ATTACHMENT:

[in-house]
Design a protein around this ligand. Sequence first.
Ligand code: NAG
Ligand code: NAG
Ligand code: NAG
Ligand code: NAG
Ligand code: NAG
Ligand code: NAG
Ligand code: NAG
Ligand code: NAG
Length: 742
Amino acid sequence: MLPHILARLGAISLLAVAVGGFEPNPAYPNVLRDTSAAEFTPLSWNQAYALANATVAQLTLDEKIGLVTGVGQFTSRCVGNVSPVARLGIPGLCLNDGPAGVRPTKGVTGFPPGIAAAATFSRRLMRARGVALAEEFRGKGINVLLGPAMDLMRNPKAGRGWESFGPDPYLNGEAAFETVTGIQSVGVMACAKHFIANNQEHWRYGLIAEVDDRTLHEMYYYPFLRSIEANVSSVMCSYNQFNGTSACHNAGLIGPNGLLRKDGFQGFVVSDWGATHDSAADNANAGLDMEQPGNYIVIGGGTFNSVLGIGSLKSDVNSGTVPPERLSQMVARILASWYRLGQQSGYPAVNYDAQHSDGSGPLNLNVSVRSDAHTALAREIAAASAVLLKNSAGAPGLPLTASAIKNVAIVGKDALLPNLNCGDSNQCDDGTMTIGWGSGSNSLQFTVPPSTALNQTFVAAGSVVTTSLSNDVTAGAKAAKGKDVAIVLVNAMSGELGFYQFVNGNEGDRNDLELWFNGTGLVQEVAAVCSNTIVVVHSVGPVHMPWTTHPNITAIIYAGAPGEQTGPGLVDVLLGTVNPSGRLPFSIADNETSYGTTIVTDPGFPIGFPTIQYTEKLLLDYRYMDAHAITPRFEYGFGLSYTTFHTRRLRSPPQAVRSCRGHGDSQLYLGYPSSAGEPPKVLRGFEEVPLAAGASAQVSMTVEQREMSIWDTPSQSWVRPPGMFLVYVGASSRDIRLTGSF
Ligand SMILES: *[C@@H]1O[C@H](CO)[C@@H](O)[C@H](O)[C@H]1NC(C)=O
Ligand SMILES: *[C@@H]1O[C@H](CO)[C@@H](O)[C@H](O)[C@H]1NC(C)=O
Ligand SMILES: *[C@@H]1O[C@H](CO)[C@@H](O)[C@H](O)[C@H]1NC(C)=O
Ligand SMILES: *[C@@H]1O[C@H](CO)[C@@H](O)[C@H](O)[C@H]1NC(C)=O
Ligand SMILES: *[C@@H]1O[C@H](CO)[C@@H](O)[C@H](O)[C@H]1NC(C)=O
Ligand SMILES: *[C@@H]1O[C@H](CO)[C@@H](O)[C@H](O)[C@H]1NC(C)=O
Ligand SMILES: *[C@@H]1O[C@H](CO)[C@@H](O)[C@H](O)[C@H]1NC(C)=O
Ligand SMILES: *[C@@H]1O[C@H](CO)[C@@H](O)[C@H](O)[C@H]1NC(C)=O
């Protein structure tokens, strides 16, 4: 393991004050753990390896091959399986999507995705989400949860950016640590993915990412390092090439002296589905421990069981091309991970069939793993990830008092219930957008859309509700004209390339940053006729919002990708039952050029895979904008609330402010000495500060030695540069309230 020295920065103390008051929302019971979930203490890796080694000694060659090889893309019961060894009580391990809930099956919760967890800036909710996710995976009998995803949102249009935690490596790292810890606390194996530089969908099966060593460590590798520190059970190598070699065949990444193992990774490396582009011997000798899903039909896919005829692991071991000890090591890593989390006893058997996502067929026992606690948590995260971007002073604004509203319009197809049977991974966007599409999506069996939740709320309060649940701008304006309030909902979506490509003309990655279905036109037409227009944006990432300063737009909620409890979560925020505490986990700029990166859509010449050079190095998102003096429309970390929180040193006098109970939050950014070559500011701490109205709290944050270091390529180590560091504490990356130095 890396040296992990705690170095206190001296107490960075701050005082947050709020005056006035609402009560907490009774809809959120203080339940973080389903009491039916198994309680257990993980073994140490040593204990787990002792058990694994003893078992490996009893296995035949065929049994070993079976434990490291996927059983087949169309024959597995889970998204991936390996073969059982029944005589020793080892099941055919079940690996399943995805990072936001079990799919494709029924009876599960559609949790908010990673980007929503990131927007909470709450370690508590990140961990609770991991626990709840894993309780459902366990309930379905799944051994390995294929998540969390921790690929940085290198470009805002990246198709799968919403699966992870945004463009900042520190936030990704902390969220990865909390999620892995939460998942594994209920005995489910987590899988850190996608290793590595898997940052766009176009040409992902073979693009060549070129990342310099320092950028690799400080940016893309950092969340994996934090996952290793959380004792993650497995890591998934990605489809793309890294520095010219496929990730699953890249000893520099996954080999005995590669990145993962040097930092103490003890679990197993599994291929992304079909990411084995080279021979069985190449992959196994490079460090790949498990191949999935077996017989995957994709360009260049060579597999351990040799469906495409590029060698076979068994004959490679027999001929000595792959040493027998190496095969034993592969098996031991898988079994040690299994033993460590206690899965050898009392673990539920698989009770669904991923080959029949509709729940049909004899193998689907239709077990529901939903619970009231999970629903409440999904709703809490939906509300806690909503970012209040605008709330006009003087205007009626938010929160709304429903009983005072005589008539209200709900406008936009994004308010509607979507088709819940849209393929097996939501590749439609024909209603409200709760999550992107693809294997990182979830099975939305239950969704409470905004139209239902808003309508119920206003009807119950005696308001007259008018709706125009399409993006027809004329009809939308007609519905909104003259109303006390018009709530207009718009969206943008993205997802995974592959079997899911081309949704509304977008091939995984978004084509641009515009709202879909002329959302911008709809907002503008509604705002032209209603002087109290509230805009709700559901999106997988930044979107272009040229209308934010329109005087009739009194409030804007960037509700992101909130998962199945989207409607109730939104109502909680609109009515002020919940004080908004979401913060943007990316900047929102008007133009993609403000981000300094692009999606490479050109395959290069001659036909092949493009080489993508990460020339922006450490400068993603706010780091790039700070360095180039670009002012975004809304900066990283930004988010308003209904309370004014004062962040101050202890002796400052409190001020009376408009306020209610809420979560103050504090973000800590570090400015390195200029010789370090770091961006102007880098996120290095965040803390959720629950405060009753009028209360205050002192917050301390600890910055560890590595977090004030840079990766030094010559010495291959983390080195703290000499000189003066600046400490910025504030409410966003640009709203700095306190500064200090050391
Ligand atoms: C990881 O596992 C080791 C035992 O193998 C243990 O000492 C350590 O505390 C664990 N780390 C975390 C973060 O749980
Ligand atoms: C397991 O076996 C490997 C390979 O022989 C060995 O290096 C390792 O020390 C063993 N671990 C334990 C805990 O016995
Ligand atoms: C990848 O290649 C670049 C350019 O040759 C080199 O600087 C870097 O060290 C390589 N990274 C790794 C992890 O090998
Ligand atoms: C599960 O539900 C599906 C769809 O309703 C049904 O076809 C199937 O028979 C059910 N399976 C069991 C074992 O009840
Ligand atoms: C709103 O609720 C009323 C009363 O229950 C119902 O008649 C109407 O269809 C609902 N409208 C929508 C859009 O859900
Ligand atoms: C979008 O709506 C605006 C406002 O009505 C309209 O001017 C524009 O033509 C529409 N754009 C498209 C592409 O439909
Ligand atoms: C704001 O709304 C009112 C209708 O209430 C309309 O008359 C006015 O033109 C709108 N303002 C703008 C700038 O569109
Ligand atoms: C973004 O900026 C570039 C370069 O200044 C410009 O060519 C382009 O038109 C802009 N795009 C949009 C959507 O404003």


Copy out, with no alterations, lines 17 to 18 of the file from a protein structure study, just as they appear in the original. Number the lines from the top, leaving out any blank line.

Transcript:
Ligand SMILES: *[C@@H]1O[C@H](CO)[C@@H](O)[C@H](O)[C@H]1NC(C)=O
Ligand SMILES: *[C@@H]1O[C@H](CO)[C@@H](O)[C@H](O)[C@H]1NC(C)=O